What are foreign financial accounts?
There is a very common misconception that a foreign financial account is simply a bank account or a brokerage account. Bank accounts or brokerage accounts are definitely foreign financial accounts but the term is very broad and encompasses a lot of different types of accounts, for example, foreign mutual funds, security deposits on rented real estate, foreign annuities, life insurance policies with a cash value etc.
Difference between FBAR and form 8938
On the surface, FBAR and form 8938 look the same because both of them report almost similar information, however, there are few marked differences between the two.
Specified persons for FBAR reporting are those that earn more than $10,000 per annum, while in case of form 8938, the specified persons are:
any unmarried individual holding foreign assets worth more than $50,000 at the end of the fiscal year or had ownership of foreign assets worth $75,000 or more, throughout the fiscal year.
Any married persons that had $150,000 worth of foreign assets in a fiscal year or that still hold foreign assets worth $100,000 at the end of the fiscal year.
The second difference between FBAR and form 8938 is the reporting requirements. In FBAR, specified persons are required to declare only foreign financial accounts while in form 8938, they are required to file foreign financial assets.
FBAR is filed separately from the individual tax return and form 8938 is filed along with annual tax return.
Penalties for non-compliance
The penalty of non-filing of form 8938 is $10,000 which can go up to $50,000 if the failure continues after receiving formal notification from the IRS. However, one of the scariest penalties is the unlimited statute of limitations. Basically what this means is, traditionally the IRS has always had three years to audit a tax return so if you made it past three years (even if you made a mistake) the IRS could not go back and audit it, unless there were some very exceptional circumstances. Now that has been changed. If you didn’t file any of these foreign information returns, the IRS can essentially go back and audit the entire tax return whenever they want. So, if you have failed to file form 8938 in 2011. even though that’s more than three years old, the IRS could still go back to audit the entire tax return simply because you failed to file one of these informational forms.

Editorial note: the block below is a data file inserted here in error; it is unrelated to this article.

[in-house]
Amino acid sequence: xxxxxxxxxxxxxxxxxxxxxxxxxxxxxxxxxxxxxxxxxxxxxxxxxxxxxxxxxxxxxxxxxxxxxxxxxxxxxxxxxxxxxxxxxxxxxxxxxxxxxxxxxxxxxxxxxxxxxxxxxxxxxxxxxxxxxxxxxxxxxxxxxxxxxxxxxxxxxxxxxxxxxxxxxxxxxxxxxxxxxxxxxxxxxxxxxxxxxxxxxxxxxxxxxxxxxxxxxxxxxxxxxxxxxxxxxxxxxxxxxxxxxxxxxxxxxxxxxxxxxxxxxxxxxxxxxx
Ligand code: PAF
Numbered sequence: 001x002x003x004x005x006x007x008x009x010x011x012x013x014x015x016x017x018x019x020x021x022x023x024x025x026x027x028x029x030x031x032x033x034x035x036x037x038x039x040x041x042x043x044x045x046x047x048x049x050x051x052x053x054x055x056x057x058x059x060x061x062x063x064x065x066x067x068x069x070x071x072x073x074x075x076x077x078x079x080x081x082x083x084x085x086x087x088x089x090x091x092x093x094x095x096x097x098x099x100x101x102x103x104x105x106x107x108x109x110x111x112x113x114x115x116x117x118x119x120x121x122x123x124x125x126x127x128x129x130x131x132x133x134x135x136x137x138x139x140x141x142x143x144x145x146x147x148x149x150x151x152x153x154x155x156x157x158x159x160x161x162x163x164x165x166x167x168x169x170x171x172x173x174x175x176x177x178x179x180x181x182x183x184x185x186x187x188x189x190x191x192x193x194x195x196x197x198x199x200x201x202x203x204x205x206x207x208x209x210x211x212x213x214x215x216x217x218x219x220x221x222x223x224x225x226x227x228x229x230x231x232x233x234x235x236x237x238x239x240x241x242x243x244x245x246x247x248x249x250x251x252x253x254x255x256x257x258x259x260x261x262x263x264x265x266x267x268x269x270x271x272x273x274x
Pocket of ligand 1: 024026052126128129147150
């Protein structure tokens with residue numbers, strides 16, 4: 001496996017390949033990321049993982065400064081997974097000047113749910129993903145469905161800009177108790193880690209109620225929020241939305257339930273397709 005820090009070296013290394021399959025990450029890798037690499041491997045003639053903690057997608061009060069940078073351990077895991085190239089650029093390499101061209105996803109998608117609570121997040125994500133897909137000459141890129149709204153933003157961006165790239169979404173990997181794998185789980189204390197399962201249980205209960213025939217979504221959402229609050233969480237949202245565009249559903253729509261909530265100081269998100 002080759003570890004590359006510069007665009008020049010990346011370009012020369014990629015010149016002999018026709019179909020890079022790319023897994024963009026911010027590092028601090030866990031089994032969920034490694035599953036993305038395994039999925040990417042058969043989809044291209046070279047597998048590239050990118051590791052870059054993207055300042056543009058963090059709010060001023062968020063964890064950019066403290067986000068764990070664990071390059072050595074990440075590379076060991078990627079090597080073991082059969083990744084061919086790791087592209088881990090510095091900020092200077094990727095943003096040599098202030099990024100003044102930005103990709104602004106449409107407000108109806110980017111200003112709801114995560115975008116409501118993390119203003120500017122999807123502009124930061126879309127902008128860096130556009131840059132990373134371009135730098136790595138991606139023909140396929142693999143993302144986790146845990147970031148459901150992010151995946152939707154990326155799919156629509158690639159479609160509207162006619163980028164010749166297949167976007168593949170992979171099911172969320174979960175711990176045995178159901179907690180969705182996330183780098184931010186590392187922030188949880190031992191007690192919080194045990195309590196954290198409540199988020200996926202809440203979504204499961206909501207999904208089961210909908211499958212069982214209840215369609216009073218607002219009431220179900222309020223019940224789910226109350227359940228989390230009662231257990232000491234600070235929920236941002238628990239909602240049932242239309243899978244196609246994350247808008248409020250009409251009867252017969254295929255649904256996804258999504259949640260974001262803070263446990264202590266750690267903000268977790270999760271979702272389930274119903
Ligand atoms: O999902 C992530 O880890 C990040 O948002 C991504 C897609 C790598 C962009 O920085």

Another monetary component to this penalty is the application of 40% surcharge based on the underpayment of taxes to unreported foreign financial assets and of course criminal charges. If you intentionally did not file form 8938, or you’ve been filing it incorrectly, the IRS can prosecute you against criminal offense.
We shall conclude it with our disclaimer that this blog post is for informational or educational purposes only. It is neither a legal or tax advice nor is it to be construed as such. Each individual circumstance is different, you should seek legal and/or tax advice to address any specific questions you may have.
Have a question? Contact Olivier Wagner.